Prokofiev’s Second Piano Concerto: A Colossus Reborn

Sergei Prokofiev’s Piano Concerto No. 2 in G minor rise ups before the listener as a formidable colossus. The work is scored for an enormous orchestra which includes three trombones, tuba, and an array of percussion instruments. It is set in four movements rather than the traditional three. At moments, the piano seems to be pushed to the edge of its limits and consumed by a blazing, raw power. For the soloist, the Concerto’s technical …

Read moreProkofiev’s Second Piano Concerto: A Colossus Reborn

Shostakovich’s Second Cello Concerto: Written for Mstislav Rostropovich

In 1943, the 16-year-old Mstislav Rostropovich was in Dmitri Shostakovich’s orchestration class at the Moscow Conservatory. When Shostakovich heard the young cellist play, he was overcome with praise, commenting on the “the intense, restless mind and the high spirituality that he brings to his mastery.” Later, he wrote, Mstislav Rostropovich, never resting, always searching and growing—is of such significance that it seems already possible to claim his name will come to be given …

Read moreShostakovich’s Second Cello Concerto: Written for Mstislav Rostropovich

Remembering Camilla Wicks

The legendary American violinist Camilla Wicks has passed away. She was 92. Born in Long Beach, California to Norwegian immigrant parents, Wicks rose to prominence as a child prodigy, performing her first public concert at the age of four. By the age of eight, her repertoire included concertos of Mendelssohn, Bruch, and Paganini. When she was ten, Wicks became a student of Louis Persinger, the influential teacher who guided the careers of …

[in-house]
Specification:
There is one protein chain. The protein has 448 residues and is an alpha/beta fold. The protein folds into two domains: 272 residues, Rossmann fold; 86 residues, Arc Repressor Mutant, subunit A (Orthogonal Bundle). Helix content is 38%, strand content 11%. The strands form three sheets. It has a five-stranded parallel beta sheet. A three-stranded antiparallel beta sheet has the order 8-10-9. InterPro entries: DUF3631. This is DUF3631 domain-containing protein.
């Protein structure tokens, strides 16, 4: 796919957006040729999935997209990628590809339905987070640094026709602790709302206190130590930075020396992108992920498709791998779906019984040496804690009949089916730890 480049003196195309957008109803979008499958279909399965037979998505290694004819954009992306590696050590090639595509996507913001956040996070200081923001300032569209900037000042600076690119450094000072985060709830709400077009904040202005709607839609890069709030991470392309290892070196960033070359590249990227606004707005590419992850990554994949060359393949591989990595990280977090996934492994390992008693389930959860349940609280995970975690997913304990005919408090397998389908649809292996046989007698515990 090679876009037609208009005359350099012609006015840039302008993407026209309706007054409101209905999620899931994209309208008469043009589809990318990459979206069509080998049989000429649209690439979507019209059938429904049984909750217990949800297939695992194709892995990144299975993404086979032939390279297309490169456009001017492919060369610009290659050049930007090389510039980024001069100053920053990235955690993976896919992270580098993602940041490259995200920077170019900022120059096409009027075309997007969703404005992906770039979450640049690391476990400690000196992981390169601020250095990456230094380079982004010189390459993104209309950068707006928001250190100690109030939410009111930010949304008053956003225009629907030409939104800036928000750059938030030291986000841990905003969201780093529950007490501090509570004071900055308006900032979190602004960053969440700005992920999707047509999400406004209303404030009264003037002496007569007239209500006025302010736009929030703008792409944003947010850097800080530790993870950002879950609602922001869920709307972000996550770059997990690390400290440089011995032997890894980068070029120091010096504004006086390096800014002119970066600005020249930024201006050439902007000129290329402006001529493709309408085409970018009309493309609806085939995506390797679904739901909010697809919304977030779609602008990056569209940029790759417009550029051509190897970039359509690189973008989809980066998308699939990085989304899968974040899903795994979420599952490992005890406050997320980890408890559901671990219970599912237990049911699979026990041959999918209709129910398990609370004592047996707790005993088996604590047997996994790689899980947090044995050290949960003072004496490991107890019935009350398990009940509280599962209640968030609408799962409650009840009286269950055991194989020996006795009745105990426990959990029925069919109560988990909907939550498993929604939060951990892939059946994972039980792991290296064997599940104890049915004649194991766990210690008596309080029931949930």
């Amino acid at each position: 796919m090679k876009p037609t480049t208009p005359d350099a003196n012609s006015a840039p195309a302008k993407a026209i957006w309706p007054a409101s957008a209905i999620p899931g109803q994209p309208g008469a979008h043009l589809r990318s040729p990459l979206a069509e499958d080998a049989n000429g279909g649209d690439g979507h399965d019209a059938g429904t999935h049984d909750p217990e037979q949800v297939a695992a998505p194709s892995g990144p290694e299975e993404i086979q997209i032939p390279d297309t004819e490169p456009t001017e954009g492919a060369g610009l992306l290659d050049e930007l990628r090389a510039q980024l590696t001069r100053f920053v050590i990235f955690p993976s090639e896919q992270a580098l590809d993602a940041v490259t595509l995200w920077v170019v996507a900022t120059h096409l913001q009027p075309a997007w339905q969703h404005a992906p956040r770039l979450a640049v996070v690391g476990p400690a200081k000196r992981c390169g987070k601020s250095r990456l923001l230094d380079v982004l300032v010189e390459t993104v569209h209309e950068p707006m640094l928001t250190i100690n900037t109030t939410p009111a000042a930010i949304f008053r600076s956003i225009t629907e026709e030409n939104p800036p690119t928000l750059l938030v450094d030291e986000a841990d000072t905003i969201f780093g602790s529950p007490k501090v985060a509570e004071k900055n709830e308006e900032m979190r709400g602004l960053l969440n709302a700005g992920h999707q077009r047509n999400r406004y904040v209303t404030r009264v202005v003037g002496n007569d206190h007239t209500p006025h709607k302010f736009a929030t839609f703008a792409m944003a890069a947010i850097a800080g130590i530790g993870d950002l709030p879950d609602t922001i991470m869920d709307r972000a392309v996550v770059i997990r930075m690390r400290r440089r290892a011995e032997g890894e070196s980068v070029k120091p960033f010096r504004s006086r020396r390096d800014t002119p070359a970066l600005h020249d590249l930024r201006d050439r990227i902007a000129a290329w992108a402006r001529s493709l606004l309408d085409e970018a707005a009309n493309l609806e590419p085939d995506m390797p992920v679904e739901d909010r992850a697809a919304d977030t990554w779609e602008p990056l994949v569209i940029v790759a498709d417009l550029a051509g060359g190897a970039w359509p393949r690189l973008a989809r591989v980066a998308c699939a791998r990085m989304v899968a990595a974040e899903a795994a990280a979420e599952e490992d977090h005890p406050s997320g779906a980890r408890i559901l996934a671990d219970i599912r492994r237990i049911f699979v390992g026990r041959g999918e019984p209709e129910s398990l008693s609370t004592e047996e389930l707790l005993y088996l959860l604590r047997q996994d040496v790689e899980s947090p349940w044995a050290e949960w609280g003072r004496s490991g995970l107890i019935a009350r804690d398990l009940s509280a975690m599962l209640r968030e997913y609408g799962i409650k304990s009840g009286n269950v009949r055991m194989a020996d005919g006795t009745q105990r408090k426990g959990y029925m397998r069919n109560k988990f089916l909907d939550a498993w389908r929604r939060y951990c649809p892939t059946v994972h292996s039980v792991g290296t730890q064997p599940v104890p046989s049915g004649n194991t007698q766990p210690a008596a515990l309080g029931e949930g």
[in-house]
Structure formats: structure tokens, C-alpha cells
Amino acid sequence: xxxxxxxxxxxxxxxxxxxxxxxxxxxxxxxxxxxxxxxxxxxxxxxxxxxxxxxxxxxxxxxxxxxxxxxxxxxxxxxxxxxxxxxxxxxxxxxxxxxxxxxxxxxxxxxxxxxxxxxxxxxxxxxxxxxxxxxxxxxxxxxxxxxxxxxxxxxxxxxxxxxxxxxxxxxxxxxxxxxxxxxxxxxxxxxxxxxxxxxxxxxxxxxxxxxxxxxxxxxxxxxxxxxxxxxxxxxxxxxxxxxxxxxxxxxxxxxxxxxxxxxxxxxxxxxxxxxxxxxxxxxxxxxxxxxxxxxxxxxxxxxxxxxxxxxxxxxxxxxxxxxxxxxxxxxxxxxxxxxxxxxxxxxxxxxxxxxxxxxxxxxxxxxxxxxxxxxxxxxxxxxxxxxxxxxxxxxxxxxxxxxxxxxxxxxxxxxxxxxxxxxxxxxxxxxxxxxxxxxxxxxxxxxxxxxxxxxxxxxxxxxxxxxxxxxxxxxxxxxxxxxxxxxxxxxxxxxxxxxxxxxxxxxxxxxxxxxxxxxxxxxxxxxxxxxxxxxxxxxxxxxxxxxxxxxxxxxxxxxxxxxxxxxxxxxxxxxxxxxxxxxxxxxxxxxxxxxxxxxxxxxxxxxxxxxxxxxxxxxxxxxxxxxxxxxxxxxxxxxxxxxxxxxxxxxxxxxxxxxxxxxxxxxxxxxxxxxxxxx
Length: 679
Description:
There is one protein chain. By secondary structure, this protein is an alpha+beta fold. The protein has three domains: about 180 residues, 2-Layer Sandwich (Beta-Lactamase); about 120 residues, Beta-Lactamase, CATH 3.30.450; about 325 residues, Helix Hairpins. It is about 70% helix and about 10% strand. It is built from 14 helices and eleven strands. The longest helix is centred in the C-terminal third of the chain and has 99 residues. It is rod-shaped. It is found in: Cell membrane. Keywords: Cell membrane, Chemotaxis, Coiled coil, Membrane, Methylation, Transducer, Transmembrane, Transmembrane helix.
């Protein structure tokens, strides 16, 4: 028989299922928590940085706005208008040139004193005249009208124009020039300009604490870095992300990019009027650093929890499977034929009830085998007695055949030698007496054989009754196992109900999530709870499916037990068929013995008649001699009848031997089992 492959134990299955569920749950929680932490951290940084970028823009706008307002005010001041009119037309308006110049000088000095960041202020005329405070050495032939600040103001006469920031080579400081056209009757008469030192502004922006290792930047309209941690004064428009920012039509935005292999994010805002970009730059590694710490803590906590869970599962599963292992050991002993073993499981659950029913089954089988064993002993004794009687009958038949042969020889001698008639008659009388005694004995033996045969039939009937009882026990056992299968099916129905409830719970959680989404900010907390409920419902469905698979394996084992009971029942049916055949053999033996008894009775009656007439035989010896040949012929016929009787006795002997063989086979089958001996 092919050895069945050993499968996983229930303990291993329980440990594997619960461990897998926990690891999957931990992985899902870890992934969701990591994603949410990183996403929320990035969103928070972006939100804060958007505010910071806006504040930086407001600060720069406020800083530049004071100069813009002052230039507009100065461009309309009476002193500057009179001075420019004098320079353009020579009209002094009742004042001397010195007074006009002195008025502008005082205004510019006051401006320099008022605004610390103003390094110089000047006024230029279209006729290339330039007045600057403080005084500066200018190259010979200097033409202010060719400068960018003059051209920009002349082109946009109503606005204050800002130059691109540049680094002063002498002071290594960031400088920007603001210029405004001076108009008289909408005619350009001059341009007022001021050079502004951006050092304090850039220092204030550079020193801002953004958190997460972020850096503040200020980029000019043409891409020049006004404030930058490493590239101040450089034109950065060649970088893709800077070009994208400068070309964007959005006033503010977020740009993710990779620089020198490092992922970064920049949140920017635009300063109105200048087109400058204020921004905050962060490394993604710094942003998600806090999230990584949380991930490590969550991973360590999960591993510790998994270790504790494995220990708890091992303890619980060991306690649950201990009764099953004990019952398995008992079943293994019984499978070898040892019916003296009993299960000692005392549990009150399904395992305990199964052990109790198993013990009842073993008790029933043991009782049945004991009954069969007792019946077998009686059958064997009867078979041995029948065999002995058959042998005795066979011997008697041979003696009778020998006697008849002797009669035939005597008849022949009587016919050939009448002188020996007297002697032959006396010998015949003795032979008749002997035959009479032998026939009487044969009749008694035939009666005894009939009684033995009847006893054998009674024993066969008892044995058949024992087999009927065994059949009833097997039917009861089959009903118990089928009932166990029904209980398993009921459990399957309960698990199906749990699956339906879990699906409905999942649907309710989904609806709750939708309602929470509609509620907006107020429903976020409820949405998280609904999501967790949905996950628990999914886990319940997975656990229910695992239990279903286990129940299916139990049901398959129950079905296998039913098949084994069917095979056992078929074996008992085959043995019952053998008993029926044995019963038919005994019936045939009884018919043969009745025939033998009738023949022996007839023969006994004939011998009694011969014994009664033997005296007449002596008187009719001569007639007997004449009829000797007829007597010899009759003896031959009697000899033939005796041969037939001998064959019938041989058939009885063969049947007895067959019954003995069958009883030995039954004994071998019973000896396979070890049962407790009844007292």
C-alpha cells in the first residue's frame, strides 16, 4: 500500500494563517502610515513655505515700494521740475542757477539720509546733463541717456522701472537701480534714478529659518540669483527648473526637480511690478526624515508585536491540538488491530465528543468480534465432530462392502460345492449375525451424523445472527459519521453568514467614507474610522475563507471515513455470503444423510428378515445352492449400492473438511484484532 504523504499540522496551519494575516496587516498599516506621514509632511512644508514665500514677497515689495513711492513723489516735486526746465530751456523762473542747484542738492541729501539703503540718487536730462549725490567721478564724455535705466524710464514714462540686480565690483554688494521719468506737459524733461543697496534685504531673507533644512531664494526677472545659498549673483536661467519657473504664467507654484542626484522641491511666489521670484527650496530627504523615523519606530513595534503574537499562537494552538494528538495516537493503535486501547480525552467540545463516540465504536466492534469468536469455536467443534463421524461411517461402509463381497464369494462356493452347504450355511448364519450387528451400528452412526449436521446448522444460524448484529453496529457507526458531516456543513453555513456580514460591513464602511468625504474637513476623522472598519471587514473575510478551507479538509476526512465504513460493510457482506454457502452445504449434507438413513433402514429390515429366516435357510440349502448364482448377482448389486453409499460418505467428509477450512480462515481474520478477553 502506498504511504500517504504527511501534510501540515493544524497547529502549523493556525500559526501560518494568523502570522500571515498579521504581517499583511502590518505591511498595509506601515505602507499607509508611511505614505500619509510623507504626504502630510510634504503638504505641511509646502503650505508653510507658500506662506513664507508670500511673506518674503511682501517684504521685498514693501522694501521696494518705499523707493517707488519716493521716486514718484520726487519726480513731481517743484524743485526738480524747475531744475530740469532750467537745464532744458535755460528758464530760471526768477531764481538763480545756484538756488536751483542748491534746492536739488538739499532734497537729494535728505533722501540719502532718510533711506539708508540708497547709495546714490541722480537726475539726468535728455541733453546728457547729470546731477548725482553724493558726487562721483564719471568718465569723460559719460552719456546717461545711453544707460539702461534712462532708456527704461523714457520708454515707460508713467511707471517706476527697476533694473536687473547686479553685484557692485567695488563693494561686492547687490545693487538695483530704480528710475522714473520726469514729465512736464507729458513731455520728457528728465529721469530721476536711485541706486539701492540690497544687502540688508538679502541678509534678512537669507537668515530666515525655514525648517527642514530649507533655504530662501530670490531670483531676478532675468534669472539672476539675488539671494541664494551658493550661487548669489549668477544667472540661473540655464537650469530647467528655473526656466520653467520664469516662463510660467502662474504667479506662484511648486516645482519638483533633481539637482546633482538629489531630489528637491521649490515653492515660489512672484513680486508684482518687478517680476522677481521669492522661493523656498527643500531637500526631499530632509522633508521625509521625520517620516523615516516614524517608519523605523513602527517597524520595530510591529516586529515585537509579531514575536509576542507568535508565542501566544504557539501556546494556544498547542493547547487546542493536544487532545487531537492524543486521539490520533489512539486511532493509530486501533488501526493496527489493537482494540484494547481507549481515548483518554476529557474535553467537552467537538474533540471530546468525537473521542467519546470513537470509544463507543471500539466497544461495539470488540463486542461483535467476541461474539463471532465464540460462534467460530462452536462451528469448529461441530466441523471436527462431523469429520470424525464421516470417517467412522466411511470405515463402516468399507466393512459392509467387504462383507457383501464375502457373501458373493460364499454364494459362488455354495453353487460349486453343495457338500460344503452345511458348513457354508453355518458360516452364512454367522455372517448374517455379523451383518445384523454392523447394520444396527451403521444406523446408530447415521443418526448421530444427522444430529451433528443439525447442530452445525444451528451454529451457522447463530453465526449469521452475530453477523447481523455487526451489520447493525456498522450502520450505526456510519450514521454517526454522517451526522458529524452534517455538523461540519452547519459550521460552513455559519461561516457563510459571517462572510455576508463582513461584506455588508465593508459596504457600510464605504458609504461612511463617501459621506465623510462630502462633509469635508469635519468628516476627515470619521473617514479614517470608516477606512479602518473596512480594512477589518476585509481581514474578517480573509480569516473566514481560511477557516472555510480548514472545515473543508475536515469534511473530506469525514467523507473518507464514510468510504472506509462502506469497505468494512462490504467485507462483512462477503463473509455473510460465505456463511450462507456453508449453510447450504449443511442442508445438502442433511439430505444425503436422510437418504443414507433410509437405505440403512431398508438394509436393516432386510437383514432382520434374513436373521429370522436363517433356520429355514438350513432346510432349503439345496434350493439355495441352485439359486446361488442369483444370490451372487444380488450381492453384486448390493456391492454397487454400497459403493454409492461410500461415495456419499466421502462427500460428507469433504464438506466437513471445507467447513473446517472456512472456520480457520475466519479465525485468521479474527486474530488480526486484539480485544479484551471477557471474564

Read moreRemembering Camilla Wicks

Beethoven’s Fourth Piano Concerto: An Intimate and Sublime Dialogue

Each of Beethoven’s five mature piano concertos take us to a distinct place. The Third is set in a turbulent C minor, with a backward glance to Mozart. The Fifth, known as the “Emperor,” springs to life with a sense of monumentality and exhilarating heroism. In between is the sometimes overlooked Piano Concerto No. 4 in G Major. Here, we enter a magical and quietly intimate world of shimmering colors. Musical lines …

Read moreBeethoven’s Fourth Piano Concerto: An Intimate and Sublime Dialogue

Takemitsu’s “A String Around Autumn”: Entering an Imaginary Landscape

Alex Ross once used the phrase “intense repose” to describe the music of the twentieth century Japanese composer, Tōru Takemitsu (1930-1996). At the heart of Takemitsu’s music is the traditional Japanese concept of Ma, literally “negative space,” or “powerful silence” as the composer defined it. As with water droplets at the crest of an ocean wave, this music often seems to emerge out of silence and then dissolve back into it. What we hear in between seems …

Read moreTakemitsu’s “A String Around Autumn”: Entering an Imaginary Landscape

Bartók’s Second Violin Concerto: A Musical Farewell to Hungary

Béla Bartók completed his Second Violin Concerto in 1938 as the storm clouds of fascism gathered in his native Hungary. That year, he wrote to a friend in Switzerland, What is most appalling is the imminent danger that Hungary too will surrender to this system of robbers and murderers… Hungary, where unfortunately the ‘educated’ Christian people are almost exclusively devoted to the Nazi system. I am really ashamed that I come from …

Read moreBartók’s Second Violin Concerto: A Musical Farewell to Hungary

Remembering Leon Fleisher: Three Legendary Recordings

Leon Fleisher, the eminent American pianist, passed away last Sunday in Baltimore following a battle with cancer. He was 92. Born in San Francisco, Fleisher made his Carnegie Hall debut at the age of 16 with Pierre Monteux and the New York Philharmonic. He performed Brahms’ First Piano Concerto, a work which would later become a signature part of his repertoire. At 23, he became the first American to win the Queen Elisabeth …

Read moreRemembering Leon Fleisher: Three Legendary Recordings

Send this to a friend